Trigger Jenkins Job from BitBucket with a Web API Middleware

A Use Case

As a DevOps guy at my company, I was working on Jenkins to automate some work-flows of Node applications. We use BitBucket as SCM and Jenkins as a CI\CD Server where BitBucket notifies the Jenkins server via a Webhook whenever a change occurs in SCM. We use pipeline jobs where we write the script once and put the Jenkinsfile into the SCM.

An ideal Jenkins work-flow that we were expecting at that time was such that when a dev guy push some changes to any feature branch, Jenkins should clone the repository against that feature branch, execute the steps defined in the pipeline and optionally notify developers if something goes wrong or deploy the code directly to the server.

We, then, came across at a point that the hard-coded groovy script that we used in the pipeline only clones the repository from a specific git branch regardless of where ever the code is pushed in the SCM. That was really challenging as we were utilizing the same work-flow against our open-source projects with Travis-CI. One thing that we thought was to access the BitBucket Webhook payload in the pipeline anyway but we came to know that there was no built-in way to get the Webhook JSON payload received from Bitbucket in the pipeline jobs.

I did take a look at the Jenkins BitBucket Plugin but that works well with a Free-Style Job not with a Pipeline Job according to this issue.

The Solution

A solution to the problem is to use a Middleware Application between BitBucket and Jenkins server. This middleware application, in a nutshell, will listen from the BitBucket, if BitBucket gets some latest code it will trigger the Webhook to the middleware application including the JSON Webhook payload containing the meta-data such as branch name, commit, author etc. This middleware application will then parse the Webhook payload, extract necessary attributes and pass the required arguments to the Jenkins. Jenkins will receive the required parameters via a Parameterized Jenkins Job from the middleware which we will eventually get in the pipeline job script. The case is illustrated below:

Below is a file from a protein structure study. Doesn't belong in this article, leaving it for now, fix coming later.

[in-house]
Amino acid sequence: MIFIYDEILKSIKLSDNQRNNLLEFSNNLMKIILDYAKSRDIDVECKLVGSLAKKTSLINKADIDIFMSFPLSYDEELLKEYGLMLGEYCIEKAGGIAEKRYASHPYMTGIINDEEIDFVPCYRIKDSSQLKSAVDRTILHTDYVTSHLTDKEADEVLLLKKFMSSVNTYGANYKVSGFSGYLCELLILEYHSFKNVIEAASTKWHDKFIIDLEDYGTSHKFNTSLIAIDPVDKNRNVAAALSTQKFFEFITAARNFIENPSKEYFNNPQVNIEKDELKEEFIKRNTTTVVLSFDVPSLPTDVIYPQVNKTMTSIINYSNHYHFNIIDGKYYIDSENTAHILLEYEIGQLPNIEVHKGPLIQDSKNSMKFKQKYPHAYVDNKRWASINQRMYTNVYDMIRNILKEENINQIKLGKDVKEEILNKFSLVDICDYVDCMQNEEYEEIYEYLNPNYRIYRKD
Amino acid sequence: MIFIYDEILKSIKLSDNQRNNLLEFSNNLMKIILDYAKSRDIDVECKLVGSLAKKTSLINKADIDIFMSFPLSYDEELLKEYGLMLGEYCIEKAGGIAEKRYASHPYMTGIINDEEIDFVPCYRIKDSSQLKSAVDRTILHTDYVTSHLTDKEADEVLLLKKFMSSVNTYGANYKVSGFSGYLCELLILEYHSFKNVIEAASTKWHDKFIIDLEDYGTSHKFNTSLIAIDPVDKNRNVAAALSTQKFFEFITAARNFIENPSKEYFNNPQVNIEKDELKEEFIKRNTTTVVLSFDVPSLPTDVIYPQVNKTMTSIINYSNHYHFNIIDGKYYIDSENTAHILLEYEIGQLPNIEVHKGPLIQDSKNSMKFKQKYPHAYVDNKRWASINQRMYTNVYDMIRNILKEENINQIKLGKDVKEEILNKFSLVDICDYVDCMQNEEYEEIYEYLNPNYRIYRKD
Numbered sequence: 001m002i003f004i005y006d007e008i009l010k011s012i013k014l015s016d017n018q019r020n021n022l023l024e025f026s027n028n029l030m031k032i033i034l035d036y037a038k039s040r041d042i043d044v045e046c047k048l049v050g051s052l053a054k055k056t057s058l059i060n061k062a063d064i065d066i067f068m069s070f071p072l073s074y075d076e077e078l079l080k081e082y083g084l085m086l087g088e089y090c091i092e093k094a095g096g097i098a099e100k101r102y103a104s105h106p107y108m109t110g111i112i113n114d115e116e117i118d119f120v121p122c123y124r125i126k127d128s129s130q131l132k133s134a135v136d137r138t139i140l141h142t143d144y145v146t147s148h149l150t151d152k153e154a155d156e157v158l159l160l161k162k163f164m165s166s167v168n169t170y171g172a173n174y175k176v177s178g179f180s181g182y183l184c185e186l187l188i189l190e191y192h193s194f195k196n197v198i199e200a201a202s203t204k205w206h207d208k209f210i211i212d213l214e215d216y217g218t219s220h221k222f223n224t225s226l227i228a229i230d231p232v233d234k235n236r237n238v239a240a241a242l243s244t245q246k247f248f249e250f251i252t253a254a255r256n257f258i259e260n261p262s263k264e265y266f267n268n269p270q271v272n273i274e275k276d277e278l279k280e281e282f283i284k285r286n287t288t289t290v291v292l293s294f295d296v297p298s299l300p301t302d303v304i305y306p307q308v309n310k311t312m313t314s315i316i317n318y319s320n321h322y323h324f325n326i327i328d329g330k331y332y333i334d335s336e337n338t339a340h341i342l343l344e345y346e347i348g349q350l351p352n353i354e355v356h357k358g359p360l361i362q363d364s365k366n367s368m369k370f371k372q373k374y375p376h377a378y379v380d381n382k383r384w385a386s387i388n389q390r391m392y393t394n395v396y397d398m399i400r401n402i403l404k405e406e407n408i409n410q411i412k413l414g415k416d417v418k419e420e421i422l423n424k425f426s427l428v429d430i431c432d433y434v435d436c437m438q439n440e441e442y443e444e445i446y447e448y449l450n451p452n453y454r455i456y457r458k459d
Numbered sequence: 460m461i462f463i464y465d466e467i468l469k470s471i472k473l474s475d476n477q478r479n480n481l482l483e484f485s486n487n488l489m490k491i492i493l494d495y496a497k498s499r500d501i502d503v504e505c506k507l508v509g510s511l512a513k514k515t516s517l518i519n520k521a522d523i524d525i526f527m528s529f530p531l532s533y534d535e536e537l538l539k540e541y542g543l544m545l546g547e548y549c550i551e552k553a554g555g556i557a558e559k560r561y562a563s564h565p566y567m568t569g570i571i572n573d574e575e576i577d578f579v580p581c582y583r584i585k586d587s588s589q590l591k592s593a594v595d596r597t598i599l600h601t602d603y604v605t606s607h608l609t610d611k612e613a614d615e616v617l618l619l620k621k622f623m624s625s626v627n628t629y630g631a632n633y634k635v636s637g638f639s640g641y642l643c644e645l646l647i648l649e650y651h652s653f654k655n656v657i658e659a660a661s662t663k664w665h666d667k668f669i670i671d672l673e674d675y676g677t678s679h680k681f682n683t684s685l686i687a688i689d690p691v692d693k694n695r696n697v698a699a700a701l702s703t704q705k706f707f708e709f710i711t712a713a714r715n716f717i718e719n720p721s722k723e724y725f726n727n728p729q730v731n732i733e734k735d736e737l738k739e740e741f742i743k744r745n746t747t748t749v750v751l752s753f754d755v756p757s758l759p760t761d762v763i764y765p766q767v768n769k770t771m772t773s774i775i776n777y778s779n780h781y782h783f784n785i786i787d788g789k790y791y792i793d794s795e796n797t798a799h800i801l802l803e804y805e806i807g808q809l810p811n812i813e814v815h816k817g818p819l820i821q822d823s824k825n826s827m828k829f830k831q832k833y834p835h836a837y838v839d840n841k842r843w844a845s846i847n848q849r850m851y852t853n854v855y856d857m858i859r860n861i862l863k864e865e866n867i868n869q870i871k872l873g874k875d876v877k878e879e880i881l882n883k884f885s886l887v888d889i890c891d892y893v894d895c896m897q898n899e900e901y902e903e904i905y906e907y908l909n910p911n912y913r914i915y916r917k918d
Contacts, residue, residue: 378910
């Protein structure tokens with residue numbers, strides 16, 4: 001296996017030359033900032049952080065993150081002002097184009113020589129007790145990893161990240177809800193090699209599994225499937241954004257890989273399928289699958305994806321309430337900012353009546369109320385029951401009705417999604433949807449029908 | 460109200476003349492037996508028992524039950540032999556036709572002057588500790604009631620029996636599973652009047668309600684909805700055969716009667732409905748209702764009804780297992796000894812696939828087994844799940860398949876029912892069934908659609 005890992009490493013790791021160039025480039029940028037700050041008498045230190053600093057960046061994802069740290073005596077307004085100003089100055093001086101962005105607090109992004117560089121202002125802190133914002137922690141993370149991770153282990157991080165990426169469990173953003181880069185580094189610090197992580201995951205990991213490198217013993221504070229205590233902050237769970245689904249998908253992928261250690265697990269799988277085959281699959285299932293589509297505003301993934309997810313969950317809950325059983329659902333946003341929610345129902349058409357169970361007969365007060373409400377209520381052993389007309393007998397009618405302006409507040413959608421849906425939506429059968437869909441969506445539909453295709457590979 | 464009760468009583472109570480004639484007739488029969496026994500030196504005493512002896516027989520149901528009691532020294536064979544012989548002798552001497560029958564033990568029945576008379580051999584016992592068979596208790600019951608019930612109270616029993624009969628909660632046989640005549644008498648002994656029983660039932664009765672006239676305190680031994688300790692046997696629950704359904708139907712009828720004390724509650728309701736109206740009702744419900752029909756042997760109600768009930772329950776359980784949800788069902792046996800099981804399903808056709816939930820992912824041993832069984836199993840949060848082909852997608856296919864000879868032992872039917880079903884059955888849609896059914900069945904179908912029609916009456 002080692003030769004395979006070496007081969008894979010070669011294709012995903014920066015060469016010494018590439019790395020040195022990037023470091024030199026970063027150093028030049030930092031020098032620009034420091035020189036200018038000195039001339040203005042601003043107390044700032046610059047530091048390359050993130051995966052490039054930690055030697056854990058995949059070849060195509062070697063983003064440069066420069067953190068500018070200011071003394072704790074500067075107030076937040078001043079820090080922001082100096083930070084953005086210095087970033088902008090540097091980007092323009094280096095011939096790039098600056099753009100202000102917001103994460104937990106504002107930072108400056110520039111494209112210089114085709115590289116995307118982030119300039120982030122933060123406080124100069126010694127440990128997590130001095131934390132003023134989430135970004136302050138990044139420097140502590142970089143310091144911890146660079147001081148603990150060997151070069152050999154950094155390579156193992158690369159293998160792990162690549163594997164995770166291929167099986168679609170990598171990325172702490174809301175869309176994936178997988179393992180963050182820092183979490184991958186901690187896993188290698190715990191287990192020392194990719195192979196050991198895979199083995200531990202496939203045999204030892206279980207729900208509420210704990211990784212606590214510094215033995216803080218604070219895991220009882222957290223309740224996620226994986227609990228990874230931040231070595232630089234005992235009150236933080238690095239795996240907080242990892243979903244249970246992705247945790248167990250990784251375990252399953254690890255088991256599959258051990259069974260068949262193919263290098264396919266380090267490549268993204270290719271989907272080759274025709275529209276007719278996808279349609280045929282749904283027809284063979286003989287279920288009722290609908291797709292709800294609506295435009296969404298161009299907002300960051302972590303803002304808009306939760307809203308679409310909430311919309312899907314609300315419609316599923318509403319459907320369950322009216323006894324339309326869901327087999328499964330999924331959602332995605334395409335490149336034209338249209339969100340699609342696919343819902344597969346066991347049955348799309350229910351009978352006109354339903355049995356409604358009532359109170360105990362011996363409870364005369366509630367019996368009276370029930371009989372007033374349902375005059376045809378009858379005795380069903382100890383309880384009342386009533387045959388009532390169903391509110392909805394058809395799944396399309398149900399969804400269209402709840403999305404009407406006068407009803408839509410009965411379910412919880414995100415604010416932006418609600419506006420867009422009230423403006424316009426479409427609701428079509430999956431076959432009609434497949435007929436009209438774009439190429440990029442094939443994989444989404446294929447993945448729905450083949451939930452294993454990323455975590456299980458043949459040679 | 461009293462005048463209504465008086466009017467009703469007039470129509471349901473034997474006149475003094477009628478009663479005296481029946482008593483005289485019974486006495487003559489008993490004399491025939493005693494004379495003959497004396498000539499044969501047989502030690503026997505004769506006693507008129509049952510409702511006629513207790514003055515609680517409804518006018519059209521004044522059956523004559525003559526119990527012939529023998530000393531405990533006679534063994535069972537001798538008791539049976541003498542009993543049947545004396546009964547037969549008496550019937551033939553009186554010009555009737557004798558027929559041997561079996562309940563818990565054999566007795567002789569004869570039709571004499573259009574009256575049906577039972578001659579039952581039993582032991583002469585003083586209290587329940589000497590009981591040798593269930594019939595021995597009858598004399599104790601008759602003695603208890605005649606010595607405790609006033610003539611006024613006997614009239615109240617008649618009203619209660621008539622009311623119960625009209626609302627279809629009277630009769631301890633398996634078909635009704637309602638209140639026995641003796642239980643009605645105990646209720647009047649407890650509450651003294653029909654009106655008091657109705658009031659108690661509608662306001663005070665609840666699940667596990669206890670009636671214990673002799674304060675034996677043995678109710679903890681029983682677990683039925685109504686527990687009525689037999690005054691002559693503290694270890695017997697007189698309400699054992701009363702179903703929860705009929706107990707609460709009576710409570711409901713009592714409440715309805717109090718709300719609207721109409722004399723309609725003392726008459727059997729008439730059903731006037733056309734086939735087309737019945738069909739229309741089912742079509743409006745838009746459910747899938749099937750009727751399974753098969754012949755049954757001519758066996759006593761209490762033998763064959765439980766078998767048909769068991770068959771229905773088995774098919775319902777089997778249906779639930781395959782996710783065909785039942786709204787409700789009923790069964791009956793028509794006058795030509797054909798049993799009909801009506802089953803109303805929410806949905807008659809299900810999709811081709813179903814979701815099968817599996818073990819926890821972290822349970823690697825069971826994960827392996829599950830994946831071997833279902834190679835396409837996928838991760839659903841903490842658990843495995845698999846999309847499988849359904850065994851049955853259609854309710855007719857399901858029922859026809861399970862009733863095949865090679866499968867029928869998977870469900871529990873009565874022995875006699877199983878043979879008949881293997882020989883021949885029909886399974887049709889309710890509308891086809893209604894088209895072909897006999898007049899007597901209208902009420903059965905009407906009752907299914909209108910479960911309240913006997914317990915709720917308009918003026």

Middleware Application

I have prepared an ASP.NET Core 2.0 Web API middleware which listens for BitBucket Webhook, get & parse the Webhook payload, extract the Branch Name and Repository Name and forwards the Branch Name to the parameterized Jenkins job as a HTTP POST request. You can get the application directly from GitHub or you can run the application as a Docker Container and pass the Jenkins address with a JENKINS_ADDR environment variable flag to the container.

Let’s see a step-by-step guide to setup our own such CI work-flow next.

Example Work-flow for Jenkins & BitBucket

Getting the middleware

I’ll use the Docker Container for the middleware by downloading the Docker image from Docker Hub with the command docker image pull kjanshair/bitbucket-jenkins-trigger. You can also run the middleware directly with dotnet CLI.

Starting the middleware

I’m on a Ubuntu Server where Jenkins is installed and running at port 8080. I SSH into the machine and run the middleware as a Docker container with the command:

docker container run -d --network=host --name hook -p 5000:5000 -e JENKINS_ADDR=localhost kjanshair/bitbucket-jenkins-trigger

This command will start the container and pass the Jenkins address as the environment variable to the middleware container. Since we are on the same machine where Jenkins is installed, we will use localhost here.

It is important to use the --network=host flag in this example. If you don’t specify this flag the container won’t recognize localhost as the current running Jenkins instance. You, then, have to pass the public DNS\IP address to the container.

Jenkins Pipeline Job Configuration

Go to your Jenkins Job configuration, in the General section, select option This project is parameterised, add a string parameter named branch and in the Build Triggers section make sure that you provide a random string-based token by selecting the Trigger builds remotely (e.g., from scripts) option as this token will be used in the BitBucket Webhook as a query string parameter to identify the job uniquely.

In the pipeline script, write the groovy script for your repository URL (I’ve used my own here) as:

node {
stage ('Get Code') {
def bname = "${params.branch}"
git branch: bname, url: ''

Now our Jenkins side is ready to listen from the middleware. Let’s configure the BitBucket to POST Webhook to the middleware instead of posting directly to Jenkins.

BitBucket Webhook Configuration

In BitBucket, go to:

Repository Settings => Webhooks => Add webhook

Give Webhook a title and set the URL to point to the middleware with the syntax:


It is important to know that the middleware currently handles only PUSH triggers.

That’s all we have to do at the BitBucket side. Now finally try to push some code to the repository and take a look at the logs of the middleware with the command docker container logs -f hook which will display the Branch Name and the Token that it received from BitBucket upon receiving the Webhook and will trigger and pass the branch name to the Jenkins Parameterized Job. That’s All! Happy DevOps. :)